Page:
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Welcome to the ABLLS-R/VBMAPP Overview Class!!!

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Presentation on theme: "Welcome to the ABLLS-R/VBMAPP Overview Class!!!"— Presentation transcript:

1 Welcome to the ABLLS-R/VBMAPP Overview Class!!!
If you can see this message you are logged in correctly. We will begin at 3:30 Please remember to mute your microphone when you are not speaking to cut back on the background noise Please type a note in the chat box letting us know who from your group is present today

2 ABLLS-R The Assessment of Basic Language and Learning Skills-Revised by Dr. James W. Partington
Credit to Jennifer Baldwin for this powerpoint slideshow Using the Guide & the DVD to gather information

3 What is it??? A criterion-reference assessment
Based on the B.F. Skinner’s functional analysis of language/verbal behavior Focuses on pragmatic use of language Looks at typical Kindergarten Readiness Skills Two components: The ABLLS-R Guide The ABLLS-R Protocol

4 Purpose “The purpose of the ABLLS-R is to identify those language and other critical skills that are in need of intervention in order for a child to become more capable of learning from his everyday experiences.” (ABLLS-R Guide, pg2) Allows us to see what skills the child needs to learn so that they can learn from their every day actions with others – in a typical classroom where the teacher is teaching skills to all learners (from video) Basic Learner Skills – skills that help them learn to learn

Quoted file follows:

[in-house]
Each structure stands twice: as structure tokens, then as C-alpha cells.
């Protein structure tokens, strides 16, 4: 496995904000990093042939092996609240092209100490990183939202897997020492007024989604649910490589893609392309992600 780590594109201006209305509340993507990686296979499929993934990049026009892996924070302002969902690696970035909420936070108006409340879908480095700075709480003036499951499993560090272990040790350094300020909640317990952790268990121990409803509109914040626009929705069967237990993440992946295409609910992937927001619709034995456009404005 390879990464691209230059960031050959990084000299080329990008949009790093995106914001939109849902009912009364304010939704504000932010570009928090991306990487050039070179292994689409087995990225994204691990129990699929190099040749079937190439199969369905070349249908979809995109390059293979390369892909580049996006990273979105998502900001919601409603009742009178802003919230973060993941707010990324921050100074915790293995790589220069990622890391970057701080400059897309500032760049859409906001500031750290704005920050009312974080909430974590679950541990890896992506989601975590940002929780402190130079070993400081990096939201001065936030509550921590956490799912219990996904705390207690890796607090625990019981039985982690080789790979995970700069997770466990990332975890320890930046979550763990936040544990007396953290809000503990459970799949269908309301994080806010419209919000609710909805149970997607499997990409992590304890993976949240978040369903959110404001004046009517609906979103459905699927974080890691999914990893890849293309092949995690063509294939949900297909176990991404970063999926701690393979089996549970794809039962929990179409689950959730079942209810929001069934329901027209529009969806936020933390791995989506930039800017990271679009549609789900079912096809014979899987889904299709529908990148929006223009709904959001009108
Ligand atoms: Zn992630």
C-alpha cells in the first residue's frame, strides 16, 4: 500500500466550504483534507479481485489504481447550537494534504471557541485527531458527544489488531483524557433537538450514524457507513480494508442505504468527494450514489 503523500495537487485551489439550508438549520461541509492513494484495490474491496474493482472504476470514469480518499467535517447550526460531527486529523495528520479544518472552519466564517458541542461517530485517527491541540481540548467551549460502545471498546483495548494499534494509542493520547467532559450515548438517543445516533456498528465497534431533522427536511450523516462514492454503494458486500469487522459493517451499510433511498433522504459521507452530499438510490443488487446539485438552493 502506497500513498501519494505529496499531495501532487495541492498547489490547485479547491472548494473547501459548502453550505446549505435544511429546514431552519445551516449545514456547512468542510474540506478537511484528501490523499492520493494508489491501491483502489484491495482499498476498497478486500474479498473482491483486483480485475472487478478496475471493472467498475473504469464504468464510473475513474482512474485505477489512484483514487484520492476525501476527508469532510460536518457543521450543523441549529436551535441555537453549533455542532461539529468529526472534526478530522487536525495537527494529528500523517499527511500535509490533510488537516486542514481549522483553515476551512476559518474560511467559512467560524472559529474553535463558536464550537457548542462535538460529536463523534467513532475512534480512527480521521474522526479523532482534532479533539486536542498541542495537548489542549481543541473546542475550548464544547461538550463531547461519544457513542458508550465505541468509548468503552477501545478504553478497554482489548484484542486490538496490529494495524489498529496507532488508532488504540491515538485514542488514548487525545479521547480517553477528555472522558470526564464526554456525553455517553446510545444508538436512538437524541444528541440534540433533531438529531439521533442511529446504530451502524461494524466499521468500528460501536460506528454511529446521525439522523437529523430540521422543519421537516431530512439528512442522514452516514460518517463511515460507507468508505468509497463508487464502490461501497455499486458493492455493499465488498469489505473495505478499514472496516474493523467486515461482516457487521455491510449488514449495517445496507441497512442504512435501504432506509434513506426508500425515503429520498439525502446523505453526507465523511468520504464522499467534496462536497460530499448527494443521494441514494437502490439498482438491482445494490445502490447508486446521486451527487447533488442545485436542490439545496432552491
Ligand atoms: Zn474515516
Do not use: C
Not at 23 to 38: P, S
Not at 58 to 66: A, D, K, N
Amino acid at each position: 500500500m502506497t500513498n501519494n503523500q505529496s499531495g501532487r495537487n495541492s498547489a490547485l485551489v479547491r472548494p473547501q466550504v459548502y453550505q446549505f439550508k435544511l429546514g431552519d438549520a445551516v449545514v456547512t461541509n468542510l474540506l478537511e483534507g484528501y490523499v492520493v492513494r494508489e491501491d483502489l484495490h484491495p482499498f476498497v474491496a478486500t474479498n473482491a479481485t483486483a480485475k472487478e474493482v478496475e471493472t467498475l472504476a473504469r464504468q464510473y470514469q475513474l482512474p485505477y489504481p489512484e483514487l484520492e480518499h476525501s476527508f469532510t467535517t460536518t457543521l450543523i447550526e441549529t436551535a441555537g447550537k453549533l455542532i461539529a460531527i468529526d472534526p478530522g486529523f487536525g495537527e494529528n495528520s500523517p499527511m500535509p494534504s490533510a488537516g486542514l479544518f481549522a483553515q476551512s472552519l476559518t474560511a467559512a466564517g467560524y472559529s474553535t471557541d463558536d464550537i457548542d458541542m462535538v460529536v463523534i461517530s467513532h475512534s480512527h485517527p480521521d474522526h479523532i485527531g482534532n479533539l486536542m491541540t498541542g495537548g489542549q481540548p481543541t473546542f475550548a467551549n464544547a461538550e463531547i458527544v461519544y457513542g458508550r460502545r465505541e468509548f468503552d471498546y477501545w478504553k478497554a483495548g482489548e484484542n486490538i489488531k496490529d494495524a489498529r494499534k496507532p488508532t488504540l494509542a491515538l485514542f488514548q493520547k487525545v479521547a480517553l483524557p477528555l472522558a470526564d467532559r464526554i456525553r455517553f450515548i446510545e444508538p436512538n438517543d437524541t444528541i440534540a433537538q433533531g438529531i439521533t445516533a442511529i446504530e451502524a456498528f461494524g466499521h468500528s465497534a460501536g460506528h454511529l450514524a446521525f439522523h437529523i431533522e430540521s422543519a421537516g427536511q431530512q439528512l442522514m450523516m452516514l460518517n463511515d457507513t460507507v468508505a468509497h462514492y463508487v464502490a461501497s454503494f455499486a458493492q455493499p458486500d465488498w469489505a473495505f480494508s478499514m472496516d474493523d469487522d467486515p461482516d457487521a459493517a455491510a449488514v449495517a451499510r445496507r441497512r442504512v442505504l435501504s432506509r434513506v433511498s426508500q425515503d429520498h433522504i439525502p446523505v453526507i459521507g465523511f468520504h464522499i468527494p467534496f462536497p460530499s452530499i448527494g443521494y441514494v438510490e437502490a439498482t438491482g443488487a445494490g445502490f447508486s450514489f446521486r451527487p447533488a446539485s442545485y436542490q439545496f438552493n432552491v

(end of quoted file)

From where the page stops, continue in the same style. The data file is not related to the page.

5 For whom is this appropriate?
Students with language delays that significantly impact their learning Young children Students with moderate to severe learning impairments In general, for those with skills at the 7 year old developmental level or lower “Looks at the skills that are necessary to communicate successfully and to learn from everyday experiences”

6 What does it measure? Multiple facets of language Receptive language
Vocal imitation (echoics) Labeling (tacts) Syntax and grammar Requests (mands) Spontaneous vocalizations Intraverbals (conversational components)

7 What does it measure? (cont.)
Other basics Cooperation Visual performance Play and leisure skills Social interaction Reading Math And more…

8 What is it good for? CURRICULUM DEVELOPMENT
Built in data-collection tool Documentation of student progress over time Objective criteria written in very discrete, measurable terms that translate well to IEP inclusion—and in fact ABLLS-R items frequently appear on incoming IEPs and IFSPs.

9 Limitations Not an exhaustive list of skills